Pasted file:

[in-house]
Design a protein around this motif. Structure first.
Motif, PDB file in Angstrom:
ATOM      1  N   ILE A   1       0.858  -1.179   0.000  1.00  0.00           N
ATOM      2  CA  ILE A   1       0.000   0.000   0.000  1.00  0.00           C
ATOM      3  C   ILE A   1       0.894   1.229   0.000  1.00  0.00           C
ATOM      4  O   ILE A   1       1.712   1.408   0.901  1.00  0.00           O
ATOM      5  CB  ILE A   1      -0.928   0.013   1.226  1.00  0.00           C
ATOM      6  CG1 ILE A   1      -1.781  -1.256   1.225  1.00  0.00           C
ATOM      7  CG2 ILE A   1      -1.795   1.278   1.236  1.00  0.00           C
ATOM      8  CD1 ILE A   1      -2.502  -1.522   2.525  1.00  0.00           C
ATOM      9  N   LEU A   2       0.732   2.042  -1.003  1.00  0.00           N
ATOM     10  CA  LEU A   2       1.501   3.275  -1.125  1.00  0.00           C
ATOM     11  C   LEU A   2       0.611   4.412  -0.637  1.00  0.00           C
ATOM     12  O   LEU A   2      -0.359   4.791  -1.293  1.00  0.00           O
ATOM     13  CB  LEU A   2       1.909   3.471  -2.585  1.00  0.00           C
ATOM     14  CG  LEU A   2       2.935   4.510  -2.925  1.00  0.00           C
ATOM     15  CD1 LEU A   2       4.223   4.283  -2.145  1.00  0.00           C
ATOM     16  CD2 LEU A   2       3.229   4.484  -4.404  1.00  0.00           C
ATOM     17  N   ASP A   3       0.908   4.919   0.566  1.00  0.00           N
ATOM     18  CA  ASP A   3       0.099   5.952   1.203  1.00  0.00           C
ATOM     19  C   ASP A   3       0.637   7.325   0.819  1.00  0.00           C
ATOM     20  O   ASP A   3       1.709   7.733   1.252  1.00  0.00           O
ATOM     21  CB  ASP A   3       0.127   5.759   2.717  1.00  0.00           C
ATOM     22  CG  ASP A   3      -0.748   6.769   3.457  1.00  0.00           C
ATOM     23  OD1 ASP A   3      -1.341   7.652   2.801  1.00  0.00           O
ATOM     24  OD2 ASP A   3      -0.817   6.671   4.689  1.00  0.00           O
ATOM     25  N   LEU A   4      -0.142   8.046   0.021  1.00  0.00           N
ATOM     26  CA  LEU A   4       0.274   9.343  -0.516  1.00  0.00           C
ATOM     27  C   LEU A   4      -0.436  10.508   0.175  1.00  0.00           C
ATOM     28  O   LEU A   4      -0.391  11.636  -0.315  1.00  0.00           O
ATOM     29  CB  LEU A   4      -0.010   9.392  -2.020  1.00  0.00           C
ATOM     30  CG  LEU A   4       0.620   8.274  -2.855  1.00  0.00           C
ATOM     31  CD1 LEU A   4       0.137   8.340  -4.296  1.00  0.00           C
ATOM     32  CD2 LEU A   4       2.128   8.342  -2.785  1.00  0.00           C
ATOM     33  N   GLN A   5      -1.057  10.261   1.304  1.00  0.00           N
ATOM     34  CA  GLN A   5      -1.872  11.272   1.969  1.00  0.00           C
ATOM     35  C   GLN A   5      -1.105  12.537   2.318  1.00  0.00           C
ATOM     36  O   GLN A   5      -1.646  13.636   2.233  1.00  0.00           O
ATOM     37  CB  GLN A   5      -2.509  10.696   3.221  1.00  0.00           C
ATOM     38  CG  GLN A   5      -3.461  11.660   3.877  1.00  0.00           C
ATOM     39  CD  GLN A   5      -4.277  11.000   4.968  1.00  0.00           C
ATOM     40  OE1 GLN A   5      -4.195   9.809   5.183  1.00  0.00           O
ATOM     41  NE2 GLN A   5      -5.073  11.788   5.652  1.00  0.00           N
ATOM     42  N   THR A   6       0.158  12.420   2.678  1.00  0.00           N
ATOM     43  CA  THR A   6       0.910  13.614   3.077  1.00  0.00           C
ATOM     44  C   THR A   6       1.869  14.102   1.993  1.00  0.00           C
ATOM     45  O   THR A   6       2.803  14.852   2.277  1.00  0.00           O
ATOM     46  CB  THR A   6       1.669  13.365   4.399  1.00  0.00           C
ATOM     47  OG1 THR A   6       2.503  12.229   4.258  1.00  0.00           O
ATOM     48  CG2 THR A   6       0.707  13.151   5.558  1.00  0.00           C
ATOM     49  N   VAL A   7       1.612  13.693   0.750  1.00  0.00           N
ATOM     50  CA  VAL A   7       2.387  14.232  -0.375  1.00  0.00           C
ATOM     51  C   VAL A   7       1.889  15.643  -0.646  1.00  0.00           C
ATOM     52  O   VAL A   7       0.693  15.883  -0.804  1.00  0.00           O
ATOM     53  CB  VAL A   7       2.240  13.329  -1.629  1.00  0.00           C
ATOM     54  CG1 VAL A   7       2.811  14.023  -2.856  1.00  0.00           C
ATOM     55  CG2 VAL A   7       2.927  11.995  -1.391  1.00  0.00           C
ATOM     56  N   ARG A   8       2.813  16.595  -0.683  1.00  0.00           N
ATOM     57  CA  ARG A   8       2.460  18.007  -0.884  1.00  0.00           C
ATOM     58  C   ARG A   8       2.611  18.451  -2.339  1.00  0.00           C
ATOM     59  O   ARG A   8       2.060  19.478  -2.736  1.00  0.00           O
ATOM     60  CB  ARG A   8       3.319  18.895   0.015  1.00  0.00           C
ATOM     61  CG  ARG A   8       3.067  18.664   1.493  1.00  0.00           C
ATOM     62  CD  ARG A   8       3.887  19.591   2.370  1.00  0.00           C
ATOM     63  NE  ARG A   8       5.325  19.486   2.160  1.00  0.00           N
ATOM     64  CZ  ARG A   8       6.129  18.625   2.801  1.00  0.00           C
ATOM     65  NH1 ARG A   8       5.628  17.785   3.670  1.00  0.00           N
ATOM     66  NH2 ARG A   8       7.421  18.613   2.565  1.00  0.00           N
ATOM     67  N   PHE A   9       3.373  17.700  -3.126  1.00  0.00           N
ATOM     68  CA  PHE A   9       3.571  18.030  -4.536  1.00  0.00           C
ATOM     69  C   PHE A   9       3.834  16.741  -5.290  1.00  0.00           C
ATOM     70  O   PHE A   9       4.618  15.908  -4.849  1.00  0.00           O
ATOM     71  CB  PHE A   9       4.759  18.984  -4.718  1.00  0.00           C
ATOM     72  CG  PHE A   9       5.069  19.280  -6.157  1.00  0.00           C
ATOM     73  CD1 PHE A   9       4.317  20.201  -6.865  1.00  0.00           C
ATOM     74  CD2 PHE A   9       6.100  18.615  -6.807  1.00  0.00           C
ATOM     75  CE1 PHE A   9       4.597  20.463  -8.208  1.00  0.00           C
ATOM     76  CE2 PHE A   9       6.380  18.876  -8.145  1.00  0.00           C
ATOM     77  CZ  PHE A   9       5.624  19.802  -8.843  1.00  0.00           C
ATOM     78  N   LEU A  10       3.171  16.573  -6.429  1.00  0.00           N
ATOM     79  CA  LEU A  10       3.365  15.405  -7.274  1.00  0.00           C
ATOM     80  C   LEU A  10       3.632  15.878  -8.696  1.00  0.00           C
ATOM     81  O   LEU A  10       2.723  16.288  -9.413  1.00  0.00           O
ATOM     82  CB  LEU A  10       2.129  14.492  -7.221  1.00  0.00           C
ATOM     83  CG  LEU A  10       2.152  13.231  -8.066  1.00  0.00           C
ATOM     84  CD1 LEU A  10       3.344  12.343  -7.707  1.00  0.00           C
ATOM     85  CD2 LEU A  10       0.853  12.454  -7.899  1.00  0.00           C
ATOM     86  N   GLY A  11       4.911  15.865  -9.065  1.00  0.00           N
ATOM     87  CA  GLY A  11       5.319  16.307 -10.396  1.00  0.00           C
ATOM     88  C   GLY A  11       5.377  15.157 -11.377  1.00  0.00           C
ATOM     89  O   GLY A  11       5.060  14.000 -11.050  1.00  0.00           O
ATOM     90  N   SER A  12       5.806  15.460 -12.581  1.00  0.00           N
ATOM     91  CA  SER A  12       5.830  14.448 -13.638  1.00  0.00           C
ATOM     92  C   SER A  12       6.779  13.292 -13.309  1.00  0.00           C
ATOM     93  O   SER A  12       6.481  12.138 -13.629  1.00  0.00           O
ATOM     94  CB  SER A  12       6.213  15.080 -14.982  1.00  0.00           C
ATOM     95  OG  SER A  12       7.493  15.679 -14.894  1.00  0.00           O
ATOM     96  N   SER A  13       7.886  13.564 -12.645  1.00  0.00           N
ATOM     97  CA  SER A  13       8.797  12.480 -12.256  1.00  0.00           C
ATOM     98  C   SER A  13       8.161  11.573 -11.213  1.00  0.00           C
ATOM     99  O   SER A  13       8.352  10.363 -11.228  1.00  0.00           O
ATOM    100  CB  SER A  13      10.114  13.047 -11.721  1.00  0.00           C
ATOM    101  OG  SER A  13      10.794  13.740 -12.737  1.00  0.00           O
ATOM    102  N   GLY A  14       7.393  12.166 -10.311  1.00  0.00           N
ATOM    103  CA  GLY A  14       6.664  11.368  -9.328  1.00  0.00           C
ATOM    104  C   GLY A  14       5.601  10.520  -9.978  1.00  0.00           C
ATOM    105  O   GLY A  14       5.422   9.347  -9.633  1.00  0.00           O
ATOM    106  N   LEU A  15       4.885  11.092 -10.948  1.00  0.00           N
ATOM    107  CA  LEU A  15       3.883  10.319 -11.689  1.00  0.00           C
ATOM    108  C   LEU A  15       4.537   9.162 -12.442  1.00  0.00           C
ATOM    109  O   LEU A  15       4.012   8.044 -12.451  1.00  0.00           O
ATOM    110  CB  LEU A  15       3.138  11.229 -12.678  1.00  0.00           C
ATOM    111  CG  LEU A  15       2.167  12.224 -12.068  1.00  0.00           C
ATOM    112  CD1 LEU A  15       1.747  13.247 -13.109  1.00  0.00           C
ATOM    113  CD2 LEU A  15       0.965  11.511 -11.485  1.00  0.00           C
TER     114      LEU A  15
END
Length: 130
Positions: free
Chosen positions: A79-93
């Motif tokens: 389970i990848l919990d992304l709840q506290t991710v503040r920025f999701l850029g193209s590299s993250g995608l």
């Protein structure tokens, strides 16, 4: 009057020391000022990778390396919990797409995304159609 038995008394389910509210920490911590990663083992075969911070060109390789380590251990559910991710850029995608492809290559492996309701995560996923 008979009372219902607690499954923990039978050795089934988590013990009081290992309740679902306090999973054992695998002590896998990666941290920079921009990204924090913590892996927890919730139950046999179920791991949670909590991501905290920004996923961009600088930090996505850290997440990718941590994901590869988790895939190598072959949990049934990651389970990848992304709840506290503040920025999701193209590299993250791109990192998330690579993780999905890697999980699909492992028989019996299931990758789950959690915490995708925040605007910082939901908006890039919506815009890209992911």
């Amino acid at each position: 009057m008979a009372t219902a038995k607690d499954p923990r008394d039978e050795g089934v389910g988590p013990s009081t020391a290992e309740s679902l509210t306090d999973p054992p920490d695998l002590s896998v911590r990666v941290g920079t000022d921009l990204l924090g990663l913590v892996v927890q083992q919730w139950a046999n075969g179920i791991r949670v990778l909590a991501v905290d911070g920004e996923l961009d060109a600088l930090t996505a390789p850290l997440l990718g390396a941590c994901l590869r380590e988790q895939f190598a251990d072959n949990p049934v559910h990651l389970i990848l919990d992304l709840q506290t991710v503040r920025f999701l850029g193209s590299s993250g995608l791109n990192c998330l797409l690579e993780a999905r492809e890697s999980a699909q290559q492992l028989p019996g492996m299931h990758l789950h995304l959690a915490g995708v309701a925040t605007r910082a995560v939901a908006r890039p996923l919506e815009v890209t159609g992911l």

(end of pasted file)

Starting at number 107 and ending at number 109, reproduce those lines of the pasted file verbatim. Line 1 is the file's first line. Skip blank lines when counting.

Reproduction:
ATOM    104  C   GLY A  14       5.601  10.520  -9.978  1.00  0.00           C
ATOM    105  O   GLY A  14       5.422   9.347  -9.633  1.00  0.00           O
ATOM    106  N   LEU A  15       4.885  11.092 -10.948  1.00  0.00           N